1 or 2 glasses of wine is fine, depending on what you are used to. I'm worried you're trying this new thing as part of a race strategy. Plus, how does this help you train for the Bordeaux Marathon?

Johann said...

When I'm in serious training I never drink any alcohol if it can or may influence my next run. I usually leave it for after my weekly long run that is usually before my rest day. Sometimes I don't drink for two or three months because I'm doing serious mileage.

ShutUpandRun said...

I might cut back a bit but I never completely stop drinking. I read some obscure study somewhere the wine kills germs and keeps you healthy. I love finding one odd study to rationalize all of my behaviors. Cheers.

Runners Fuel said...

I cut back. My "special" trianing plan is 11 months long, so I can't stop completly.

Emily said...

When I was swimmer I used to go dry for months...those days are long over. Now, I'm lucky if I can cut out booze for a week. I've actually decided from recent races that I enjoy the relaxation of one drink on marathon eve. I've also hit many race PRs after a night of heavy imbibing...so I say, drink away!

Chad said...

Yep, I go sober during "Peak" training. For Ironman, that's 10-damn-weeks. I think I've had one beer in the last 8 weeks. I don't think I'll have another until after the race.
Hell, after the race I'll probably roofie myself and let the ASU frat boys do their worst.

Adam Culp (Crazy Floridian) said...

I am a Heineken man myself, and used to have one bottle 4 or 5 days a week. Sitting on my patio, listening to the water birds playing in the lake, drinking a beer after work to relax.

All of that has ended though. But I didn't do it on purpose. When I start training, the desire simply vanishes. I still have about one beer a week though, but usually on the night prior to a rest day.

The Sean said...

Alcohol can have debilitating effects on growth hormone production... an important consideration for post hard-work out recovery and adaptation.

Unfortunately, this is exactly when we want a drink as a "reward"... that said, I love a beer or two after a hard track session.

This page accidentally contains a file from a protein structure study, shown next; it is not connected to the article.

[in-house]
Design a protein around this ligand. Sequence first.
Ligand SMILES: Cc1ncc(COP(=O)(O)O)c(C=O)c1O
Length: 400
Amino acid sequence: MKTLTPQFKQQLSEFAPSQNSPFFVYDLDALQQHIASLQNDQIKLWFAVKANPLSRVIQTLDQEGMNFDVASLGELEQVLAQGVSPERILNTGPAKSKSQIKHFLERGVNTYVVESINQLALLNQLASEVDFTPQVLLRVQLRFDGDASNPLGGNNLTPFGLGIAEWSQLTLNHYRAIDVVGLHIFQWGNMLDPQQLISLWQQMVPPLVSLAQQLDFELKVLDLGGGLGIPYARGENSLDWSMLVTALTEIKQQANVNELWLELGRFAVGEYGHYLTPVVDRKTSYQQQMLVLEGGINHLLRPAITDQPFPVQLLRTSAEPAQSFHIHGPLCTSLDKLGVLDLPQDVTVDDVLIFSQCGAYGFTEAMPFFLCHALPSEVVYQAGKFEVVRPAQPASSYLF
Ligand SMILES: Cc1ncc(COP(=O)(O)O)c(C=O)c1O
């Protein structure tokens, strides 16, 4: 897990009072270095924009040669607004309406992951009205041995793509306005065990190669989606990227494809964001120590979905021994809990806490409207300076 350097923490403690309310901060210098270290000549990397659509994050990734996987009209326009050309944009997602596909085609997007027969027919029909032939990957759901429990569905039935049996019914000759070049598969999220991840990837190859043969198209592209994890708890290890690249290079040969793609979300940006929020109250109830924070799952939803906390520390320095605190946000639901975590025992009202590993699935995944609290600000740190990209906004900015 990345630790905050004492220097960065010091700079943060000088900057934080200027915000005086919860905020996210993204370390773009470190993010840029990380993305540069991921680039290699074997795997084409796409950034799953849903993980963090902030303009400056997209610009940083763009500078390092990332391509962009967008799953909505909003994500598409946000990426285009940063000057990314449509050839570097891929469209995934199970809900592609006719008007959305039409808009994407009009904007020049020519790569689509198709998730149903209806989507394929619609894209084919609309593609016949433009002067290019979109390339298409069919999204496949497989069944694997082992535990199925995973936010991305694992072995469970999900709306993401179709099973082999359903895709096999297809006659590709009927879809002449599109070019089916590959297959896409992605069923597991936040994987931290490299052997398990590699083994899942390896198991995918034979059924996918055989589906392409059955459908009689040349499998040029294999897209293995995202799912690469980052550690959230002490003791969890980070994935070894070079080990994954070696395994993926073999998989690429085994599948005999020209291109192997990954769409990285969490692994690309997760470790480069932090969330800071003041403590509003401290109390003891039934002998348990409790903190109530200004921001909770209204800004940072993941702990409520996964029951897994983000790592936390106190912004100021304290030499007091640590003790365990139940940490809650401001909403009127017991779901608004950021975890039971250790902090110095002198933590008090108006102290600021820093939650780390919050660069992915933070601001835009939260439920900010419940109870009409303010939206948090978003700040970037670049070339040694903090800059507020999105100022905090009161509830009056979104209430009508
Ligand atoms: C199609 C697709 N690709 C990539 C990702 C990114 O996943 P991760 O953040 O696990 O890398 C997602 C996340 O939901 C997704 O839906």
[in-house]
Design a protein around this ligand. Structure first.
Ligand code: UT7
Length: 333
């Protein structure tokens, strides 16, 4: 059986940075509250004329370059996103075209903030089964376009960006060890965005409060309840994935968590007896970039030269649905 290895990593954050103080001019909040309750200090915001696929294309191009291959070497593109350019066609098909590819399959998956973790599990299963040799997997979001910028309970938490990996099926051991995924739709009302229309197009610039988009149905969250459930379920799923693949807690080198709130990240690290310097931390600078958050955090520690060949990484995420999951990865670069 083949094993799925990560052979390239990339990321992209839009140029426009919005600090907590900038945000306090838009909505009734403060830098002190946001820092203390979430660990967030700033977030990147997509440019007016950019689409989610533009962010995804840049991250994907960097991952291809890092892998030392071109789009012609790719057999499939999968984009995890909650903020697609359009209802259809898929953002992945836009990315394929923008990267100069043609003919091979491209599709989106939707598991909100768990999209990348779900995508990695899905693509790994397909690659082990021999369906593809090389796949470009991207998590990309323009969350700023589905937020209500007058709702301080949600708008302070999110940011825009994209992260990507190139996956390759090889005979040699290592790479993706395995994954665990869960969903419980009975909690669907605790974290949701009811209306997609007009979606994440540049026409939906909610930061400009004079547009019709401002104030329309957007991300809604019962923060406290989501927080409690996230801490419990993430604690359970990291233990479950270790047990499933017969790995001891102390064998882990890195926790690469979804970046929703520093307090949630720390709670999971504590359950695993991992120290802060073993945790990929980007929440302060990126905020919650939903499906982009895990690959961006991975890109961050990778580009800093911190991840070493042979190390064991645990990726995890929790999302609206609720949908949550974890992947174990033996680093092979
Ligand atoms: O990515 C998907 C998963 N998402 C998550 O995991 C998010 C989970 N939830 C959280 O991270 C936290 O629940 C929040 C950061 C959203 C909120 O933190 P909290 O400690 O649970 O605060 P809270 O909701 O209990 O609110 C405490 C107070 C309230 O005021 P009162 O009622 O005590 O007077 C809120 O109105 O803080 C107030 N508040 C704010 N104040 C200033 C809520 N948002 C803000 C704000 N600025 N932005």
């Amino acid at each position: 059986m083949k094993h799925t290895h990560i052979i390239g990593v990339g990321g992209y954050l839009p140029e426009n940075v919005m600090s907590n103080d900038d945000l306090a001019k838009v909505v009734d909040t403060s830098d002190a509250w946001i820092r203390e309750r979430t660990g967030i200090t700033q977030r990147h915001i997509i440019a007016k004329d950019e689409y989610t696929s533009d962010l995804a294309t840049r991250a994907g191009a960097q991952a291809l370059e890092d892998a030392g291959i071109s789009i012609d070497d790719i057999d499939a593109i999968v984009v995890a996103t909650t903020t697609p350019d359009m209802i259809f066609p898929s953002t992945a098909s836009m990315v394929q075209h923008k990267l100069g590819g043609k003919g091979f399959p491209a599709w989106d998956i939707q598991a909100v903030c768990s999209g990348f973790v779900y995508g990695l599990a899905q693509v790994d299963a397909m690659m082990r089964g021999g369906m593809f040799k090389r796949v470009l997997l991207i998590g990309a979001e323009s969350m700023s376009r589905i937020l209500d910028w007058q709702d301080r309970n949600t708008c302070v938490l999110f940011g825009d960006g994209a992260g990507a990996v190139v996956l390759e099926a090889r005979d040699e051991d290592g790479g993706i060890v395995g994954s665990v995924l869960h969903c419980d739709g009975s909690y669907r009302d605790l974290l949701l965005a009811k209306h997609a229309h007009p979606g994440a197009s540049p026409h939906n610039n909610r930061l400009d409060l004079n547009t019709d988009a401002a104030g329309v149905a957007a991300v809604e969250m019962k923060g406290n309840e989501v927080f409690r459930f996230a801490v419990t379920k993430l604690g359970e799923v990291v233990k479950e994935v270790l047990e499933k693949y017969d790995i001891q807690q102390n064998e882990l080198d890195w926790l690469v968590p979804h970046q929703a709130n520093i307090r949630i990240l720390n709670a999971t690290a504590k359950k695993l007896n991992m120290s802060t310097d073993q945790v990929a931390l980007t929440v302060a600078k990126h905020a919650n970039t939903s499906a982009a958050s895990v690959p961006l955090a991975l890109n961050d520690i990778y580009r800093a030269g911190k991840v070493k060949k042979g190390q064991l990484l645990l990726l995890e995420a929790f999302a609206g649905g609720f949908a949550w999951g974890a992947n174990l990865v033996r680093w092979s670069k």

Laura said...

Don't do it! Resist the pressure to stop having fun!

Seriously, you've been a reader of my blog for years, and you know that some of my fastest times have been after a hard night of drinking. Actually, just a few weeks ago, one of my fastest miles in the Hartford Marathon was the mile where I stopped to chug a beer (true story).

aron said...

i usually dont drink during taper, one cycle i only had two drinks the ENTIRE 12 weeks. now i am little more relaxed about it :)

Colin Hayes said...

I'm kind of the opposite, I guess. I abstain from ALL alcohol...EXCEPT during races. You see me with a Nathan bottle strapped to my waist? Pure-grain alcohol, my friend. Sure, I get off course from time to time...maybe harass the spectators a little. I've even been known to drop trau...thing is — I never care! I'm too ripped! I figure I also get plenty of carbs in the process, and if I end up with a PR (puke record), all the better.

kilax said...

I can't wait to hear about San Antonio in 10 days!

I have read a lot of bloggers talk about not drinking during training. I rarely drink as it is, so I don't have to worry about cutting back on that.

Kate said...

I don't know...my brother's best friend went out and had about 15 beers the night before our trail 20K and then crushed my time by about 20 minutes. I'm sure it was all beer benefit and had nothing to do with the fact that he's been training longer than I have. :)

Plus, the germs...my 6 year old got sick a couple of days before my first half marathon, and I didn't want any part of the taking care of him. Yeah, I rock as a mother.

Jill said...

Let's see...didn't you just PR in Denver and had a beer the lunch before he race???

And hey, no name calling, Chris K!

Her Name is Rio said...

I think it depends on what you're used to. I do watch that before races and long runs myself for the most part.

m said...

I don't drink; so people think that I'm perpetually in training (or trying to get pregnant).

Matty B. said...

I don't drink; so people think that I'm perpetually in training (or trying to get pregnant).

Forward Foot Strides said...

Yeah I hardly drink during training, I have like zero alcohol tolerance (which is super sweet when i want to get drunk), but even one drink and I feel drunk, then hungover the next day.

track coach and adorable wife said...

Nice work on moving to the "dry campus." I think you will be like 1000% faster on your race.

BTW- I too think I look amazing in rubber boots. Thinking rubber boots race should be in the works.

EricaH said...

I have no advice on drinking because I don't even though I heard on the news that people who drink in moderation (don't know who's doing the moderating) live longer and thought it was something I should look into doing but just haven't gotten around to it. but I will say I love that you said "germ bag" just typing that made me laugh I must find a way to use it in a sentence at least once a day for the next week. :)

Hope your 12 step program improves your race time.